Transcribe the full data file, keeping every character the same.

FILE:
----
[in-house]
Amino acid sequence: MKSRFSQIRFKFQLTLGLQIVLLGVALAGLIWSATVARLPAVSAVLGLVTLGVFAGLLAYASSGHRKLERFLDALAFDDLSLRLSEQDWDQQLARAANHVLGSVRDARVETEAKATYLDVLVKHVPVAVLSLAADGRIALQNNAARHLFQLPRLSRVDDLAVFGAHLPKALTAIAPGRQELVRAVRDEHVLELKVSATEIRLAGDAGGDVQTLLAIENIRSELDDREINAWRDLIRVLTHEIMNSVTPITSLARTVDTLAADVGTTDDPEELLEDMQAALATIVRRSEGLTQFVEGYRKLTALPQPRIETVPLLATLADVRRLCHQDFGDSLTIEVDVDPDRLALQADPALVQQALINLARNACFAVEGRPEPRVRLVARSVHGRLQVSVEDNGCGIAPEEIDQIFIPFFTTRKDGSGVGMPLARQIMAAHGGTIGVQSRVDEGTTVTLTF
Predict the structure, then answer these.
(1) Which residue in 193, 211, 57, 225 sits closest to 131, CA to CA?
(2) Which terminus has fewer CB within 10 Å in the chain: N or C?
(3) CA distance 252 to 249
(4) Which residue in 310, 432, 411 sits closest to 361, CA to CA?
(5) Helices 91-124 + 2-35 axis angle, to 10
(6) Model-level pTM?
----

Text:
[in-house]
Amino acid sequence: MKSRFSQIRFKFQLTLGLQIVLLGVALAGLIWSATVARLPAVSAVLGLVTLGVFAGLLAYASSGHRKLERFLDALAFDDLSLRLSEQDWDQQLARAANHVLGSVRDARVETEAKATYLDVLVKHVPVAVLSLAADGRIALQNNAARHLFQLPRLSRVDDLAVFGAHLPKALTAIAPGRQELVRAVRDEHVLELKVSATEIRLAGDAGGDVQTLLAIENIRSELDDREINAWRDLIRVLTHEIMNSVTPITSLARTVDTLAADVGTTDDPEELLEDMQAALATIVRRSEGLTQFVEGYRKLTALPQPRIETVPLLATLADVRRLCHQDFGDSLTIEVDVDPDRLALQADPALVQQALINLARNACFAVEGRPEPRVRLVARSVHGRLQVSVEDNGCGIAPEEIDQIFIPFFTTRKDGSGVGMPLARQIMAAHGGTIGVQSRVDEGTTVTLTF
Predict the structure, then answer these.
(1) Which residue in 193, 211, 57, 225 sits closest to 131, CA to CA?
(2) Which terminus has fewer CB within 10 Å in the chain: N or C?
(3) CA distance 252 to 249
(4) Which residue in 310, 432, 411 sits closest to 361, CA to CA?
(5) Helices 91-124 + 2-35 axis angle, to 10
(6) Model-level pTM?